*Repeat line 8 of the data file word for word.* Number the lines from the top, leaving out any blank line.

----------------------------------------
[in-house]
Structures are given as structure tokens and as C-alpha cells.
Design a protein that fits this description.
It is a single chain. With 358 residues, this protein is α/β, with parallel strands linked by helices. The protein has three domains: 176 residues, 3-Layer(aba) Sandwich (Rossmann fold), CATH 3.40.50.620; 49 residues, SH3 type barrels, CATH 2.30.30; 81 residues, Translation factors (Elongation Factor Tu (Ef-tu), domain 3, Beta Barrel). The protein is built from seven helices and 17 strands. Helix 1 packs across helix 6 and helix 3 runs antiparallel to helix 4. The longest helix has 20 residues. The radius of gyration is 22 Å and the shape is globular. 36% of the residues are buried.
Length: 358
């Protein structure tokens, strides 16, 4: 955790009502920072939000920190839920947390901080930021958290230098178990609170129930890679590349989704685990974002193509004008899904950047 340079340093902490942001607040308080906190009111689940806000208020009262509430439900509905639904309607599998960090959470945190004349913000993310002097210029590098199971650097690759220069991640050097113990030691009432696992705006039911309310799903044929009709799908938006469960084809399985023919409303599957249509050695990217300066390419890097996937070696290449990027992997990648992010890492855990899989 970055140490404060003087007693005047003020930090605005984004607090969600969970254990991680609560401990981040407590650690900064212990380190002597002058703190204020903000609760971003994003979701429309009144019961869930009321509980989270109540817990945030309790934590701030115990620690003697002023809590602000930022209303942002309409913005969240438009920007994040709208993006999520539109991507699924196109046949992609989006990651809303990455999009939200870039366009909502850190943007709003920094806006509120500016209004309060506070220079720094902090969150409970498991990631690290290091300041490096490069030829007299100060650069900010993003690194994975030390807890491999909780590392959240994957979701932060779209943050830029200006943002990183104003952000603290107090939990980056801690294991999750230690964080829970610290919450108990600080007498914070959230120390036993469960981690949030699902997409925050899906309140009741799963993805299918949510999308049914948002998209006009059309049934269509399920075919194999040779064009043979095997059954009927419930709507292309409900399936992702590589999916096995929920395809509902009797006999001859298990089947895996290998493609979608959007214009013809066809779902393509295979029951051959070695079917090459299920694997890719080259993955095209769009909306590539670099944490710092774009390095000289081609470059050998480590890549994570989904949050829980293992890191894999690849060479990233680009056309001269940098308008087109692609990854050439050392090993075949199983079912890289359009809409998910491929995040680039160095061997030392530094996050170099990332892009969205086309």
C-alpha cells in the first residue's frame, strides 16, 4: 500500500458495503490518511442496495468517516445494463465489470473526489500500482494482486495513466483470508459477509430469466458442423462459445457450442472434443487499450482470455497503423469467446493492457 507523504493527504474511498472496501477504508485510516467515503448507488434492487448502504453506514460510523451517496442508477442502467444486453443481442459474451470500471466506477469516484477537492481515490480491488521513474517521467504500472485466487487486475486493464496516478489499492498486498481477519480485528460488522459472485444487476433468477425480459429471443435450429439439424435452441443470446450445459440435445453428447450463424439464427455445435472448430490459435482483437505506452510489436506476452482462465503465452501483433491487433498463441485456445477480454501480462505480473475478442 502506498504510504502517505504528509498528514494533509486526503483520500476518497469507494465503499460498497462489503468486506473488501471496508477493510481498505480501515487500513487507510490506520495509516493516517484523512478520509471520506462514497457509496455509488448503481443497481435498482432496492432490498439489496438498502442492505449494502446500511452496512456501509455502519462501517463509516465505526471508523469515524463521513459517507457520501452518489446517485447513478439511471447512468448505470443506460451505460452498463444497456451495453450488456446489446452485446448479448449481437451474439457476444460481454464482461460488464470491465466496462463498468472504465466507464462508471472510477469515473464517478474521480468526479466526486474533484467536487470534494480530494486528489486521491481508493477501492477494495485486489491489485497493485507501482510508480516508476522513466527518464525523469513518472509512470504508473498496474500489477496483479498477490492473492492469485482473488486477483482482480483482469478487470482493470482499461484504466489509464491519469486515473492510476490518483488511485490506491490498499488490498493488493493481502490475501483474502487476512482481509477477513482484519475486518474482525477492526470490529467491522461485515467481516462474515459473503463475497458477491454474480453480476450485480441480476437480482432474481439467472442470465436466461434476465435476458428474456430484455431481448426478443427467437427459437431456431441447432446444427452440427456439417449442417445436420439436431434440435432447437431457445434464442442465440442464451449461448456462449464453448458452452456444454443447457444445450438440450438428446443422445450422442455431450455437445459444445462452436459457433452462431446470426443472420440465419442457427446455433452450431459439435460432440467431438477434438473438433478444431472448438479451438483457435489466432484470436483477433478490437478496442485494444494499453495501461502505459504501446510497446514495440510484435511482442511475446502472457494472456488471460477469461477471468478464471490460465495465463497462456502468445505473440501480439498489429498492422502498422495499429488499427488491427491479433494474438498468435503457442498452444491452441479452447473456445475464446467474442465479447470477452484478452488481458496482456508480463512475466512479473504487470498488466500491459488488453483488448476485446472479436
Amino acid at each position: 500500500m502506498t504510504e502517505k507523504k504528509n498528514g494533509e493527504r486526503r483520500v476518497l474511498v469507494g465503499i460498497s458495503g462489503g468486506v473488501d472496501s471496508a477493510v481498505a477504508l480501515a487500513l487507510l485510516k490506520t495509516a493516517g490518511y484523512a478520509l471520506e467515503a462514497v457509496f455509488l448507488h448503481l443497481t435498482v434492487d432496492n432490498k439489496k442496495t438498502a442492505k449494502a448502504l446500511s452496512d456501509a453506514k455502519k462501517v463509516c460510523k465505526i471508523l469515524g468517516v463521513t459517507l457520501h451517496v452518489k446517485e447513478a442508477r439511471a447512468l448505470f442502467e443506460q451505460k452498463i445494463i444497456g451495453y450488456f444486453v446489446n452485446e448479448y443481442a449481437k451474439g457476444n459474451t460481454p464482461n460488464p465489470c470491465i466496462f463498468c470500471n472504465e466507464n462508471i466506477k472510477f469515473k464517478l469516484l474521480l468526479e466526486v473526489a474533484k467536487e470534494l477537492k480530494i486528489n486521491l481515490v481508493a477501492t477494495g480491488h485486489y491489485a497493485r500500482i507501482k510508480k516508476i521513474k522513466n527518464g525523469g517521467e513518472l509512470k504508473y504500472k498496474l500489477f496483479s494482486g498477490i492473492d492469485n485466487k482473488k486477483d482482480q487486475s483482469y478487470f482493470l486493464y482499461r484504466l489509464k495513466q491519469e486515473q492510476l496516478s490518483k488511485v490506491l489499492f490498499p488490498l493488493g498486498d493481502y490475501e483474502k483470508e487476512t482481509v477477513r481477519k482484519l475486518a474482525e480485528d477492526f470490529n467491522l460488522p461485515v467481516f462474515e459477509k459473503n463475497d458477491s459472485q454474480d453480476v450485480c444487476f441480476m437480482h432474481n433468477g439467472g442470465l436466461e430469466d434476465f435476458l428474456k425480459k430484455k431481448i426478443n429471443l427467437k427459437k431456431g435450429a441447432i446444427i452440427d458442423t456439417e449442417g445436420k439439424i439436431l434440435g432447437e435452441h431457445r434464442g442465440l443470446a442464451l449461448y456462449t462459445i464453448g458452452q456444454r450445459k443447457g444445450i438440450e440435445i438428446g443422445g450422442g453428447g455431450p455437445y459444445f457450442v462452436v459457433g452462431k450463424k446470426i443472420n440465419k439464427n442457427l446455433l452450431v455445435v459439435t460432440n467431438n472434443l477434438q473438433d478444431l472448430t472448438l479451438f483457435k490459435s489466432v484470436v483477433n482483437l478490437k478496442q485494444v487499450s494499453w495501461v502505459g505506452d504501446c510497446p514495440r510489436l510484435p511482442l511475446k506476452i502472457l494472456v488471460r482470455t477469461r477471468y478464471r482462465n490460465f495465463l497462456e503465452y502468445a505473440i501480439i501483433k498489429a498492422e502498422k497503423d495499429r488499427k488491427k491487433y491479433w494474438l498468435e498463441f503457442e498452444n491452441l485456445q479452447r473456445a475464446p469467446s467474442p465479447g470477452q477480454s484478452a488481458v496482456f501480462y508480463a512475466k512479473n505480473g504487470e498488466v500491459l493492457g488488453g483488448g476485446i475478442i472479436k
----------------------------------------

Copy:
Amino acid at each position: 500500500m502506498t504510504e502517505k507523504k504528509n498528514g494533509e493527504r486526503r483520500v476518497l474511498v469507494g465503499i460498497s458495503g462489503g468486506v473488501d472496501s471496508a477493510v481498505a477504508l480501515a487500513l487507510l485510516k490506520t495509516a493516517g490518511y484523512a478520509l471520506e467515503a462514497v457509496f455509488l448507488h448503481l443497481t435498482v434492487d432496492n432490498k439489496k442496495t438498502a442492505k449494502a448502504l446500511s452496512d456501509a453506514k455502519k462501517v463509516c460510523k465505526i471508523l469515524g468517516v463521513t459517507l457520501h451517496v452518489k446517485e447513478a442508477r439511471a447512468l448505470f442502467e443506460q451505460k452498463i445494463i444497456g451495453y450488456f444486453v446489446n452485446e448479448y443481442a449481437k451474439g457476444n459474451t460481454p464482461n460488464p465489470c470491465i466496462f463498468c470500471n472504465e466507464n462508471i466506477k472510477f469515473k464517478l469516484l474521480l468526479e466526486v473526489a474533484k467536487e470534494l477537492k480530494i486528489n486521491l481515490v481508493a477501492t477494495g480491488h485486489y491489485a497493485r500500482i507501482k510508480k516508476i521513474k522513466n527518464g525523469g517521467e513518472l509512470k504508473y504500472k498496474l500489477f496483479s494482486g498477490i492473492d492469485n485466487k482473488k486477483d482482480q487486475s483482469y478487470f482493470l486493464y482499461r484504466l489509464k495513466q491519469e486515473q492510476l496516478s490518483k488511485v490506491l489499492f490498499p488490498l493488493g498486498d493481502y490475501e483474502k483470508e487476512t482481509v477477513r481477519k482484519l475486518a474482525e480485528d477492526f470490529n467491522l460488522p461485515v467481516f462474515e459477509k459473503n463475497d458477491s459472485q454474480d453480476v450485480c444487476f441480476m437480482h432474481n433468477g439467472g442470465l436466461e430469466d434476465f435476458l428474456k425480459k430484455k431481448i426478443n429471443l427467437k427459437k431456431g435450429a441447432i446444427i452440427d458442423t456439417e449442417g445436420k439439424i439436431l434440435g432447437e435452441h431457445r434464442g442465440l443470446a442464451l449461448y456462449t462459445i464453448g458452452q456444454r450445459k443447457g444445450i438440450e440435445i438428446g443422445g450422442g453428447g455431450p455437445y459444445f457450442v462452436v459457433g452462431k450463424k446470426i443472420n440465419k439464427n442457427l446455433l452450431v455445435v459439435t460432440n467431438n472434443l477434438q473438433d478444431l472448430t472448438l479451438f483457435k490459435s489466432v484470436v483477433n482483437l478490437k478496442q485494444v487499450s494499453w495501461v502505459g505506452d504501446c510497446p514495440r510489436l510484435p511482442l511475446k506476452i502472457l494472456v488471460r482470455t477469461r477471468y478464471r482462465n490460465f495465463l497462456e503465452y502468445a505473440i501480439i501483433k498489429a498492422e502498422k497503423d495499429r488499427k488491427k491487433y491479433w494474438l498468435e498463441f503457442e498452444n491452441l485456445q479452447r473456445a475464446p469467446s467474442p465479447g470477452q477480454s484478452a488481458v496482456f501480462y508480463a512475466k512479473n505480473g504487470e498488466v500491459l493492457g488488453g483488448g476485446i475478442i472479436k